The University of California, Davis, has reached a licensing agreement with Regenerative Arthritis and Bone Medicine (RABOME) for a class of drugs developed at the university that hold potential for treating diseases associated with bone loss and inflammatory arthritis.
The license, negotiated by the InnovationAccess team within the UC Davis Office of Research, provides the university-affiliated startup with rights to four families of patents and patent applications related to the novel composition of a hybrid molecule, known as LLP2A-alendronate, which has been found to effectively direct mesenchymal stem cells (MSCs) to induce bone regeneration in animal models. The compound works by guiding transplanted and endogenous MSCs to the surface of the bone where they differentiate into bone-forming cells, thereby increasing bone mass and strength. These cells are also immune-modulating, which helps to reduce inflammation at target sites.
The use of stem cells as therapeutic agents is a growing field, but directing stem cells to travel and adhere to the surface of bone for bone formation has been an elusive goal in regenerative medicine.
"There are many stem cells, even in elderly people, but they do not readily migrate to bone," said Wei Yao, co-inventor and associate professor of internal medicine at UC Davis. "Finding a molecule that attaches to stem cells and guides them to the targets we need provides a real breakthrough."
Translating discovery into societal and commercial impact
Late last year, RABOME received approval from the U.S. Food and Drug Administration to begin phase I clinical trials to evaluate the safety of the drug in humans. The study sites are currently screening patients for enrollment.
"We are pursuing several indications for use, but our initial focus is in developing a treatment for osteonecrosis, a disease caused by reduced blood flow to bones," says Fred Tileston, president and chief executive officer RABOME, which is a California-based company. As many as 20,000 people per year in the United States develop osteonecrosis.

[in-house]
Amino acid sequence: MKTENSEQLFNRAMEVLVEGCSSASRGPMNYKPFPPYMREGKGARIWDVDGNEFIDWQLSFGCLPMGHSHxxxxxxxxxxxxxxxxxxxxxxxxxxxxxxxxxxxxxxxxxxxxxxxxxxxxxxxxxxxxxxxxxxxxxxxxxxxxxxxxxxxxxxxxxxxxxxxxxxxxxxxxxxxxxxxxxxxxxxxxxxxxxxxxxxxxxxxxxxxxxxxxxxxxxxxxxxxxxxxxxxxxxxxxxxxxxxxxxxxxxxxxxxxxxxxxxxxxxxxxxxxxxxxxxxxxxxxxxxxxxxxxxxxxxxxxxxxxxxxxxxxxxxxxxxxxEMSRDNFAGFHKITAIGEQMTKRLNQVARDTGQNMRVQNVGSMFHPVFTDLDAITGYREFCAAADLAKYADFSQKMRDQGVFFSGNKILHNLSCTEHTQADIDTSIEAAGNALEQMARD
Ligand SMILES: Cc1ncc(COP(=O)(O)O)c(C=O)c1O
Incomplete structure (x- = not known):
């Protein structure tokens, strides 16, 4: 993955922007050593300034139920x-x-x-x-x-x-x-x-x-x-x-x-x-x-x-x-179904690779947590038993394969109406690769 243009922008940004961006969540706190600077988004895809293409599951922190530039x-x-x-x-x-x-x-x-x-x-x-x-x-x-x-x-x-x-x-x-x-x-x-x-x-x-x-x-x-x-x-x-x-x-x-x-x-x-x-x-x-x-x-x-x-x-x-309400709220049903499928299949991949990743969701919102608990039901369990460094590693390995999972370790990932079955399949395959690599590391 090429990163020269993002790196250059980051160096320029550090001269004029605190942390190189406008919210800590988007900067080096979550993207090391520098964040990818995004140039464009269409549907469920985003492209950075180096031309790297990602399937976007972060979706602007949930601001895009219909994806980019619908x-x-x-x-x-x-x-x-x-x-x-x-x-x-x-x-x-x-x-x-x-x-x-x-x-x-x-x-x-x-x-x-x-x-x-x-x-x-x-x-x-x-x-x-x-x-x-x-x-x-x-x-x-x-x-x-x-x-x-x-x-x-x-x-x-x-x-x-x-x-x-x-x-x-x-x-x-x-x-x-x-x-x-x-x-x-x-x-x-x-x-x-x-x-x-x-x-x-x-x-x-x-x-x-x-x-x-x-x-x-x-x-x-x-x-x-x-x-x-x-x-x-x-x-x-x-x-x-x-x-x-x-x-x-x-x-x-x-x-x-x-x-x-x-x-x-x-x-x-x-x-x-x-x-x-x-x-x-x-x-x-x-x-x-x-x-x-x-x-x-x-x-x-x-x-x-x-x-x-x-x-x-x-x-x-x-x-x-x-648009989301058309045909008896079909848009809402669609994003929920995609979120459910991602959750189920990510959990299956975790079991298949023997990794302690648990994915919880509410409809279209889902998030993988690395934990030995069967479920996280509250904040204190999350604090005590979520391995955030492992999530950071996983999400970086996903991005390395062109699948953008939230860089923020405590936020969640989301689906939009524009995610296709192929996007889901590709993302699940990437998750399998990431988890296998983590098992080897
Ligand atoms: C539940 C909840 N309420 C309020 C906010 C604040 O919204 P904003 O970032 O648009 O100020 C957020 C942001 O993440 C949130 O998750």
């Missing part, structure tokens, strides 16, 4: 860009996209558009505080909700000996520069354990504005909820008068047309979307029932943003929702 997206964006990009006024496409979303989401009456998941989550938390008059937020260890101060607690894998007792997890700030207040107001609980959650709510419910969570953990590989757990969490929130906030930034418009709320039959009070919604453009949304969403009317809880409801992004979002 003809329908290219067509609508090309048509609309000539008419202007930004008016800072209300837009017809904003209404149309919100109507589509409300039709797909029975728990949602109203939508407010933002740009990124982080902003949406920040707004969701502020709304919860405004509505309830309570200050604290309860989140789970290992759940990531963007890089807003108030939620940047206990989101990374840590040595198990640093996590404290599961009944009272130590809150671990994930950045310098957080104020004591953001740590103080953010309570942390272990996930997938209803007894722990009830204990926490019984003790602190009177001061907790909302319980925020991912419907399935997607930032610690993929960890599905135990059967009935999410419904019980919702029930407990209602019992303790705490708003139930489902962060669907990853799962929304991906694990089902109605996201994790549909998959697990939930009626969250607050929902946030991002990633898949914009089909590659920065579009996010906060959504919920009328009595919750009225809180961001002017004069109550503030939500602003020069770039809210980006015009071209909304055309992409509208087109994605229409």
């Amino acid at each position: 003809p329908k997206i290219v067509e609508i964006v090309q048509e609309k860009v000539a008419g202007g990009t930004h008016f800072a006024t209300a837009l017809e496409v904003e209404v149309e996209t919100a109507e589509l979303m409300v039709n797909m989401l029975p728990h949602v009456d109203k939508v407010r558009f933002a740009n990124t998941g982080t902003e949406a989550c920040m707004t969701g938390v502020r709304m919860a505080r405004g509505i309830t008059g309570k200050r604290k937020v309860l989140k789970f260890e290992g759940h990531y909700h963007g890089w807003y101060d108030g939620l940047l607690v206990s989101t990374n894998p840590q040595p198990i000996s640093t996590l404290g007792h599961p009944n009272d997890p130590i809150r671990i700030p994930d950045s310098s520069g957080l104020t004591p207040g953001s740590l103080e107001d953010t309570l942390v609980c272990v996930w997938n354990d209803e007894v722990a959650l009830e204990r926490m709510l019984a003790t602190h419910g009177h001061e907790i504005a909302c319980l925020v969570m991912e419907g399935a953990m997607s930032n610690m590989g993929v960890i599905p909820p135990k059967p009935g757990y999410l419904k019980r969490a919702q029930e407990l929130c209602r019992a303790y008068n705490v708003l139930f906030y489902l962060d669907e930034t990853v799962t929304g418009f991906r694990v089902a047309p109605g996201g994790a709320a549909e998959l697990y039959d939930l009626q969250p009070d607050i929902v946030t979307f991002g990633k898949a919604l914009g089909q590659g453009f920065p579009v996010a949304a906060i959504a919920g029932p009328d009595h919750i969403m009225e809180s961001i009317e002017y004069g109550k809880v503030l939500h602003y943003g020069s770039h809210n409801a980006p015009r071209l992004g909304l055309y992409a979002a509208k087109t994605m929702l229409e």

RABOME also plans to pursue other indications for use including fracture healing, osteoporosis and inflammatory arthritis.
"We are pleased that this very promising technology is being shepherded by Mr. Tileston, who is an experienced business leader and entrepreneur," said Dushyant Pathak, associate vice chancellor for Technology Management and Corporate Relations at UC Davis. "It is exciting to see the team’s progress in translating the discovery into commercial and societal impact."
Breaking barriers through cross-discipline collaboration
The development of the novel therapy is the result of a successful research collaboration between two teams at UC Davis: a group of experts on bone health, led by Nancy Lane and Wei Yao from the UC Davis Center for Musculoskeletal Health, and a synergistic group of medicinal chemists led by Kit Lam and Ruiwu Liu from the Department of Biochemistry and Molecular Medicine.
"This research was a collaboration of stem cell biologists, biochemists, translational scientists, a bone biologist and clinicians," said Lane, endowed professor of medicine, rheumatology and aging research, and a principal investigator. "It was a truly fruitful team effort with remarkable results."
Lane received a Disease Team Therapy Development research grant in 2012 from the California Institute for Regenerative Medicine (CIRM) which, along with federal grants from the National Institutes of Health, supported the preclinical research. CIRM was established in 2004 via California Proposition 71 to fund stem cell research in attempt to accelerate and improve treatments for patients where current needs are unmet.
Conflict of interest disclosure
Because Tileston and Lane are married, UC Davis conducted a conflict of interest review of its licensing agreement with RABOME. The university determined that it did not rise to the level of a financial conflict of interest under NIH rules, which require a finding of a "direct and significant impact."